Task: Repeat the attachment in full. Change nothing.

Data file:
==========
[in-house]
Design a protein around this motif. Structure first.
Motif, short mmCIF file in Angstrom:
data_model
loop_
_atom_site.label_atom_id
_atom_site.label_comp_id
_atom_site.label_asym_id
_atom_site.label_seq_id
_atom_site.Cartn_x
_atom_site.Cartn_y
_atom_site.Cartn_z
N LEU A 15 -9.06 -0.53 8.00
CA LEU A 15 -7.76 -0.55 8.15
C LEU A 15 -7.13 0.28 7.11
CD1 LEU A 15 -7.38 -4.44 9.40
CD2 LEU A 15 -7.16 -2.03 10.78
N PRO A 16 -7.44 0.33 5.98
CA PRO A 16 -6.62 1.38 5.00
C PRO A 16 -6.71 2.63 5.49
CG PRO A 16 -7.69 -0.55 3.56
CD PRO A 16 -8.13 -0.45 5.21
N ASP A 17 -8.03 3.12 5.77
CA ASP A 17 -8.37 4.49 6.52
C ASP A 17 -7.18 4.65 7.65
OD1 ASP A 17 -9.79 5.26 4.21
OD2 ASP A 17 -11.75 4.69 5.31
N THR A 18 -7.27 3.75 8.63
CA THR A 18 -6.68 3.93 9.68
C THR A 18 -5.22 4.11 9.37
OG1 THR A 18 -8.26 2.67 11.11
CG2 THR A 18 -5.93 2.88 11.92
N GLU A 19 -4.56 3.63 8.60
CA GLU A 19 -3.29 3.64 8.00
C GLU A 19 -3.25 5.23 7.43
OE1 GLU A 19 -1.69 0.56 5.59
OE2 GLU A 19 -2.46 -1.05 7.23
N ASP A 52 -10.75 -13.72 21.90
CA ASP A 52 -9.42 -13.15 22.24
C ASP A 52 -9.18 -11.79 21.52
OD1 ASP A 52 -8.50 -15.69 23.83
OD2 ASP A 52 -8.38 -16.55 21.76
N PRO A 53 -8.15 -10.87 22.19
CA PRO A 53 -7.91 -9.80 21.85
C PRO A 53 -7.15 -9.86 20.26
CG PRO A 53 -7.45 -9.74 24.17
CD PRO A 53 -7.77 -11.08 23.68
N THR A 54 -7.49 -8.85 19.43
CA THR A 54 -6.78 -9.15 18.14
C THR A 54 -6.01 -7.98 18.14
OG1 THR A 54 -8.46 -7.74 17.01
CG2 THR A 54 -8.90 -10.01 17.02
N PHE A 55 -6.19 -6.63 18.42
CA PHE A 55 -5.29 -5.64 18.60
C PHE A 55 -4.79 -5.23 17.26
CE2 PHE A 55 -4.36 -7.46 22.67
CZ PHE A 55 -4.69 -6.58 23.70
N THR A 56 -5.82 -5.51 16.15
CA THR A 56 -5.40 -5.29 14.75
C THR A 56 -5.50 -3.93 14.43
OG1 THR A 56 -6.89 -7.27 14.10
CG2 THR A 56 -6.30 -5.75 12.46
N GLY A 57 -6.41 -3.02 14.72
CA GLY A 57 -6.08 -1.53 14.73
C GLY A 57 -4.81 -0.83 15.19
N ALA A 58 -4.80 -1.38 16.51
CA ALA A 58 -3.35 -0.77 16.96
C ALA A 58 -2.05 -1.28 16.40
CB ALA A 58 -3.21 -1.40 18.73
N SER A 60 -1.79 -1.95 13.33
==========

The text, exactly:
[in-house]
Design a protein around this motif. Structure first.
Motif, short mmCIF file in Angstrom:
data_model
loop_
_atom_site.label_atom_id
_atom_site.label_comp_id
_atom_site.label_asym_id
_atom_site.label_seq_id
_atom_site.Cartn_x
_atom_site.Cartn_y
_atom_site.Cartn_z
N LEU A 15 -9.06 -0.53 8.00
CA LEU A 15 -7.76 -0.55 8.15
C LEU A 15 -7.13 0.28 7.11
CD1 LEU A 15 -7.38 -4.44 9.40
CD2 LEU A 15 -7.16 -2.03 10.78
N PRO A 16 -7.44 0.33 5.98
CA PRO A 16 -6.62 1.38 5.00
C PRO A 16 -6.71 2.63 5.49
CG PRO A 16 -7.69 -0.55 3.56
CD PRO A 16 -8.13 -0.45 5.21
N ASP A 17 -8.03 3.12 5.77
CA ASP A 17 -8.37 4.49 6.52
C ASP A 17 -7.18 4.65 7.65
OD1 ASP A 17 -9.79 5.26 4.21
OD2 ASP A 17 -11.75 4.69 5.31
N THR A 18 -7.27 3.75 8.63
CA THR A 18 -6.68 3.93 9.68
C THR A 18 -5.22 4.11 9.37
OG1 THR A 18 -8.26 2.67 11.11
CG2 THR A 18 -5.93 2.88 11.92
N GLU A 19 -4.56 3.63 8.60
CA GLU A 19 -3.29 3.64 8.00
C GLU A 19 -3.25 5.23 7.43
OE1 GLU A 19 -1.69 0.56 5.59
OE2 GLU A 19 -2.46 -1.05 7.23
N ASP A 52 -10.75 -13.72 21.90
CA ASP A 52 -9.42 -13.15 22.24
C ASP A 52 -9.18 -11.79 21.52
OD1 ASP A 52 -8.50 -15.69 23.83
OD2 ASP A 52 -8.38 -16.55 21.76
N PRO A 53 -8.15 -10.87 22.19
CA PRO A 53 -7.91 -9.80 21.85
C PRO A 53 -7.15 -9.86 20.26
CG PRO A 53 -7.45 -9.74 24.17
CD PRO A 53 -7.77 -11.08 23.68
N THR A 54 -7.49 -8.85 19.43
CA THR A 54 -6.78 -9.15 18.14
C THR A 54 -6.01 -7.98 18.14
OG1 THR A 54 -8.46 -7.74 17.01
CG2 THR A 54 -8.90 -10.01 17.02
N PHE A 55 -6.19 -6.63 18.42
CA PHE A 55 -5.29 -5.64 18.60
C PHE A 55 -4.79 -5.23 17.26
CE2 PHE A 55 -4.36 -7.46 22.67
CZ PHE A 55 -4.69 -6.58 23.70
N THR A 56 -5.82 -5.51 16.15
CA THR A 56 -5.40 -5.29 14.75
C THR A 56 -5.50 -3.93 14.43
OG1 THR A 56 -6.89 -7.27 14.10
CG2 THR A 56 -6.30 -5.75 12.46
N GLY A 57 -6.41 -3.02 14.72
CA GLY A 57 -6.08 -1.53 14.73
C GLY A 57 -4.81 -0.83 15.19
N ALA A 58 -4.80 -1.38 16.51
CA ALA A 58 -3.35 -0.77 16.96
C ALA A 58 -2.05 -1.28 16.40
CB ALA A 58 -3.21 -1.40 18.73
N SER A 60 -1.79 -1.95 13.33